The little Caribbean Reef Squid has to be one of cutest reef creatures out there. They can either be seen singly, or in medium to large groups and are usually quite fascinated by nearby divers or snorkellers, holding their position while intensely staring. They will often assume a defensive posture (which is especially cute) and hold up their arms in a karate-like formation in an attempt to look threatening. It would probably work if they were a little bigger, but it has to be said that it always makes ones heart melt.
As with all squid, this species (Sepioteuthis sepioidea) is capable of rapid colour changes which it can reportedly use to communicate with one another, especially during courtship rituals. Feeding on small fish, crustaceans and molluscs, the Caribbean Reef Squid is found throughout the Caribbean Sea, and up through the Bahamas and tropical coast of the US. It is the most common species of squid sighted by divers on coral reef habitats as it comes inshore to these areas during its breeding season. If you are lucky enough to interact with one, try a slow approach and gently extend a friendly hand. You will know when you are too close for comfort as the squid will puff a little dark ink cloud at you and dart quickly away.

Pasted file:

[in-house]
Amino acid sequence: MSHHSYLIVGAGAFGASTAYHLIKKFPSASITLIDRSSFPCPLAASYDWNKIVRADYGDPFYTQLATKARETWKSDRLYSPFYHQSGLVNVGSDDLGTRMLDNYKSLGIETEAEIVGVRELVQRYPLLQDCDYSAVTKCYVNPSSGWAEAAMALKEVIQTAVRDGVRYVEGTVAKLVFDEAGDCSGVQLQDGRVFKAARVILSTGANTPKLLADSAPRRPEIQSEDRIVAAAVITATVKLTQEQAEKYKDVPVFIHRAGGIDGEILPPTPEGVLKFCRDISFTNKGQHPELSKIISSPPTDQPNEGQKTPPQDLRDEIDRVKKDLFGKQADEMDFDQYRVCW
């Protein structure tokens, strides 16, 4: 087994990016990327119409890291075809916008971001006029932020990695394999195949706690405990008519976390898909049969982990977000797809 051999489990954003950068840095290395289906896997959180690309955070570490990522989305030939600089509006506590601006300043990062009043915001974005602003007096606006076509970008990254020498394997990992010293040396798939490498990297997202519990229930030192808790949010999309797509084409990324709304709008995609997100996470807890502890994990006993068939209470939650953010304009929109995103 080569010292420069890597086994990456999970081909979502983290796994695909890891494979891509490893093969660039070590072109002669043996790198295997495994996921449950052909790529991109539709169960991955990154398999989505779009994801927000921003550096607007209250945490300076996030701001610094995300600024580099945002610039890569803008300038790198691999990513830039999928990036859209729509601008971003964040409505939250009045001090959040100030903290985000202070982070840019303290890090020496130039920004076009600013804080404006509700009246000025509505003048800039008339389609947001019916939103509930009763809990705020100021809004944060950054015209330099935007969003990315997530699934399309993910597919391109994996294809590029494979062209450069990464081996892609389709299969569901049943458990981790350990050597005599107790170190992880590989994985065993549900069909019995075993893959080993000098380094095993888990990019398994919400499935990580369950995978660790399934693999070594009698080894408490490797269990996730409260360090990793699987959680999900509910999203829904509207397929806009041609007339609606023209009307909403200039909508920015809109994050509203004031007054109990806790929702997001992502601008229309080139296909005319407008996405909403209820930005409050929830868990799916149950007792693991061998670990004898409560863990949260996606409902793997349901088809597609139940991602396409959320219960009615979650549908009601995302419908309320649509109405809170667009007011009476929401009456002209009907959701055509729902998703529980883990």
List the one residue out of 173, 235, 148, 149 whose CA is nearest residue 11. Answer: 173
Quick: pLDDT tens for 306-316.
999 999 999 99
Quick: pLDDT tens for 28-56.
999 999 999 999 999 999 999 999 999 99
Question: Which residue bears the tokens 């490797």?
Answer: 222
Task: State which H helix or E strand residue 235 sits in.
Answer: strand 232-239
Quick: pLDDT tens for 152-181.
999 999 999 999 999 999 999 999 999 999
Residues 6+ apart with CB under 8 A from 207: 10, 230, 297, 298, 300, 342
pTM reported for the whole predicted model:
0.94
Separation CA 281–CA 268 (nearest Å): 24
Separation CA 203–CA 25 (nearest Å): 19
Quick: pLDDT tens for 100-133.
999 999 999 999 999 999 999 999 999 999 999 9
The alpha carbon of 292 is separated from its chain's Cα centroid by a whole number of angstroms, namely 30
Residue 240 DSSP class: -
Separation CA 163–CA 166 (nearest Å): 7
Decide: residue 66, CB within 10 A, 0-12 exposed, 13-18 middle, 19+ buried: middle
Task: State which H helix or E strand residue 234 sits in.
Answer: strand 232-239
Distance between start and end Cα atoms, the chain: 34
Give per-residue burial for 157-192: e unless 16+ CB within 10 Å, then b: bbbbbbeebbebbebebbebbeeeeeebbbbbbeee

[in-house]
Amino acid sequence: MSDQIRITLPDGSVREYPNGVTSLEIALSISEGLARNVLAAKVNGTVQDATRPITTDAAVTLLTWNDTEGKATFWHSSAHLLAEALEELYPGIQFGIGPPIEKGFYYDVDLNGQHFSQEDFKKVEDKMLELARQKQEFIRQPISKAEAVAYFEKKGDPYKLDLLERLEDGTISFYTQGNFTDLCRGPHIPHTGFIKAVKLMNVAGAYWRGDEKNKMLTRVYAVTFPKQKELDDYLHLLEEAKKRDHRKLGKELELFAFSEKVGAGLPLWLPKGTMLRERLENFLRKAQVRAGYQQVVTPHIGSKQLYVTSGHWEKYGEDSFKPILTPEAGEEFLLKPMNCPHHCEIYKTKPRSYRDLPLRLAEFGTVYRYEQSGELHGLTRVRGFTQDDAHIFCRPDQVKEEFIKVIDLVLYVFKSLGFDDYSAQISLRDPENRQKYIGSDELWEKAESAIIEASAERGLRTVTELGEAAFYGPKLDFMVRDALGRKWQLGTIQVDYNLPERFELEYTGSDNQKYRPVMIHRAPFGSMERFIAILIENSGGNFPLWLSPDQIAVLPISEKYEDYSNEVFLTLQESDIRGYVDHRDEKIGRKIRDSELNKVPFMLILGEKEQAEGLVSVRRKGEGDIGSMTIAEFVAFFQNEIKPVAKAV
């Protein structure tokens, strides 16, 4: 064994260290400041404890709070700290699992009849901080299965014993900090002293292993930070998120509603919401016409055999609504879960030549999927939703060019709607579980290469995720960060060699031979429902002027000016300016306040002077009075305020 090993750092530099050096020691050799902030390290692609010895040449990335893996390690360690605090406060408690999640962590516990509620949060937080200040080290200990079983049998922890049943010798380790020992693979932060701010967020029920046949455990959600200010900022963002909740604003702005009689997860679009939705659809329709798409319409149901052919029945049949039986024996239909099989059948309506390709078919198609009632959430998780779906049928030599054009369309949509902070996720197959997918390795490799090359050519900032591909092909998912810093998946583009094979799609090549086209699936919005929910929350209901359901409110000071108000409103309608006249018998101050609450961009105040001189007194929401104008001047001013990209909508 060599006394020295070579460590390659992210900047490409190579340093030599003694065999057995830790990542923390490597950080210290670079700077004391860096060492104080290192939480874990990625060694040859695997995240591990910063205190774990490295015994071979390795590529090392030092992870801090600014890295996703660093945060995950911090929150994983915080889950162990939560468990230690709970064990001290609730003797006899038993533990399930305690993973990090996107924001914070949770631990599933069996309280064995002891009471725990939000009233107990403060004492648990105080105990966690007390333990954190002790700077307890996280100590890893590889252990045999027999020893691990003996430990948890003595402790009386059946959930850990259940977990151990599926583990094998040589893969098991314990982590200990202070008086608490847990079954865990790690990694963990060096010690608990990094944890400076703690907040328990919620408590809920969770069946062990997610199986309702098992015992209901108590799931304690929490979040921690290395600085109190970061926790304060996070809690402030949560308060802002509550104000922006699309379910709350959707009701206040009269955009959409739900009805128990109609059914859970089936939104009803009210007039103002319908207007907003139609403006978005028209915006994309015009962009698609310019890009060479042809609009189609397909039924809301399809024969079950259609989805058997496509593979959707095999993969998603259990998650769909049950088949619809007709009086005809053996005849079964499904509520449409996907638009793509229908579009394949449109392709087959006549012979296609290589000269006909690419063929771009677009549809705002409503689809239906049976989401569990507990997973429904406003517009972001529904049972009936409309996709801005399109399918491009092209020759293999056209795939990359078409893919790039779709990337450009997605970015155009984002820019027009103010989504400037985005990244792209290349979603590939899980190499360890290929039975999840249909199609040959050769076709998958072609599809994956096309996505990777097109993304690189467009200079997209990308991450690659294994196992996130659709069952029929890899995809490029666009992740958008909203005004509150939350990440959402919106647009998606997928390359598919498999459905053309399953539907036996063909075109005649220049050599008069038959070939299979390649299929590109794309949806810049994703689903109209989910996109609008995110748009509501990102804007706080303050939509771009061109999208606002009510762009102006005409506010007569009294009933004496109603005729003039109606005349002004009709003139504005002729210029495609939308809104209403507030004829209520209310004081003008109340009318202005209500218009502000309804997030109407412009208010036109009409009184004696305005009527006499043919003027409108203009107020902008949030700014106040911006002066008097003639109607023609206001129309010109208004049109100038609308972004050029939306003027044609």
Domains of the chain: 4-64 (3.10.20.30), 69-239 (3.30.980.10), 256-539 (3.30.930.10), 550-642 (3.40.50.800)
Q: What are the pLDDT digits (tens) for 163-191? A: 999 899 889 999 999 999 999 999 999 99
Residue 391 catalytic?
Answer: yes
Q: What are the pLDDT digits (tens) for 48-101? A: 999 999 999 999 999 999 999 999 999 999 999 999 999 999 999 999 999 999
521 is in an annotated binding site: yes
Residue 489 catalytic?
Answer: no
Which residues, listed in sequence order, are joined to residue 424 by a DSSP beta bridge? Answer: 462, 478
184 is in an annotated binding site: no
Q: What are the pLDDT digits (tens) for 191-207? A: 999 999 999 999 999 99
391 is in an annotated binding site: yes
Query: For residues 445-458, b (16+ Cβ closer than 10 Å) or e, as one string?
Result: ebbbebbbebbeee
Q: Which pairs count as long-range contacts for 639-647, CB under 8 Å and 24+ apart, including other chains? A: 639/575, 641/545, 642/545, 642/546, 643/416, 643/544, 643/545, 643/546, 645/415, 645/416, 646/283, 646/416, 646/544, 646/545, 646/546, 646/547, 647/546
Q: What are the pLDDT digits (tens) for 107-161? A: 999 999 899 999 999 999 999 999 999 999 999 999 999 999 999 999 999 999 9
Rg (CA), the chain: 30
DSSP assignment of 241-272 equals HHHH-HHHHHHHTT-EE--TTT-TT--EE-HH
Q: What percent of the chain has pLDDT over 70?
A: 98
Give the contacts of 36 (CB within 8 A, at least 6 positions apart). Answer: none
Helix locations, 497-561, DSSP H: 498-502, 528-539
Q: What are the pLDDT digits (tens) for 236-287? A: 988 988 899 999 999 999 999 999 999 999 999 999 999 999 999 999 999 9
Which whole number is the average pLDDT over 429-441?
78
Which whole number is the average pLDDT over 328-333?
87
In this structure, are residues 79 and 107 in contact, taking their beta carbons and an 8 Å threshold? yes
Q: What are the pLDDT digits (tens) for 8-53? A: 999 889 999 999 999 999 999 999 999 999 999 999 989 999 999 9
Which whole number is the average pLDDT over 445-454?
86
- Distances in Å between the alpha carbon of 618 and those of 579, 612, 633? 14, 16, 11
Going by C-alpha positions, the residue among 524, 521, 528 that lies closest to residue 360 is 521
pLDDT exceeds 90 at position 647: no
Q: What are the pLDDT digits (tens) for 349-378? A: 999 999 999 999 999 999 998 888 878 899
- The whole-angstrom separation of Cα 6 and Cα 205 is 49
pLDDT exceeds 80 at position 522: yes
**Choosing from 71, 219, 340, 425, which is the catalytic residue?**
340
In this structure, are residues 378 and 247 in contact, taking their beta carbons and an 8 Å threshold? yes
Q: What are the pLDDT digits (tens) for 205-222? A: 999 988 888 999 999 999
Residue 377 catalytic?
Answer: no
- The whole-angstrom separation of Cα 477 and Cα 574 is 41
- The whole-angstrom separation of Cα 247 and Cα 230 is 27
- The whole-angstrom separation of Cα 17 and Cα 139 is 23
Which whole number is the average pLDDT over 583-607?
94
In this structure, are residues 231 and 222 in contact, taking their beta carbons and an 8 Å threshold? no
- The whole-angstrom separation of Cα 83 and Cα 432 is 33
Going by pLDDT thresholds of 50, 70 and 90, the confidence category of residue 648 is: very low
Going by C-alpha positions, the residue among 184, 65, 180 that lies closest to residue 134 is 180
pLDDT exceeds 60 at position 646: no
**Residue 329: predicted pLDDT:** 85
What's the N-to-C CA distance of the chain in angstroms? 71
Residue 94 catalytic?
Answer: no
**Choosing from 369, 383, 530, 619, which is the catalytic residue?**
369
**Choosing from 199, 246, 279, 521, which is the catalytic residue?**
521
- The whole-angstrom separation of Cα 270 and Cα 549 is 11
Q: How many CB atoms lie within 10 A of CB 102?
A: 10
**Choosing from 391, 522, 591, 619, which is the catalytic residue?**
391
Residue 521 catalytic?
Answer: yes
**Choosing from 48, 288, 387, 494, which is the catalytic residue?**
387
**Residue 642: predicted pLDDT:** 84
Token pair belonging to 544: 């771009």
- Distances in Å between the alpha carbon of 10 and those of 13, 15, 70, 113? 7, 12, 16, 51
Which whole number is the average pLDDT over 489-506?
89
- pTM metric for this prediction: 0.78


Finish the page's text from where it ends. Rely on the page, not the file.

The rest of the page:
For more information on these fascinating creatures click here.
About Reef Creature Clothing
We specialise in not only coral reef inspired athleisure wear, but also beach & swim wear, and other printed products. All our colourful and vibrant designs are made using digitally enhanced prints of real underwater photographs taken in the Caribbean. We donate all of our profits after costs to The Coral Reef Research Hub, a small non-profit organisation that seeks to help fund research projects undertaken by early career coral reef scientists. The projects funded are those that aim to contribute information that will hopefully lead to legislative change, and thus help to protect coral reefs and their associated resources for generations to come!
We write these regular ‘creature features’ to help you learn more about the fascinating inhabitants of the coral reefs where our images came from. More will continue to be posted over the coming months so watch this space!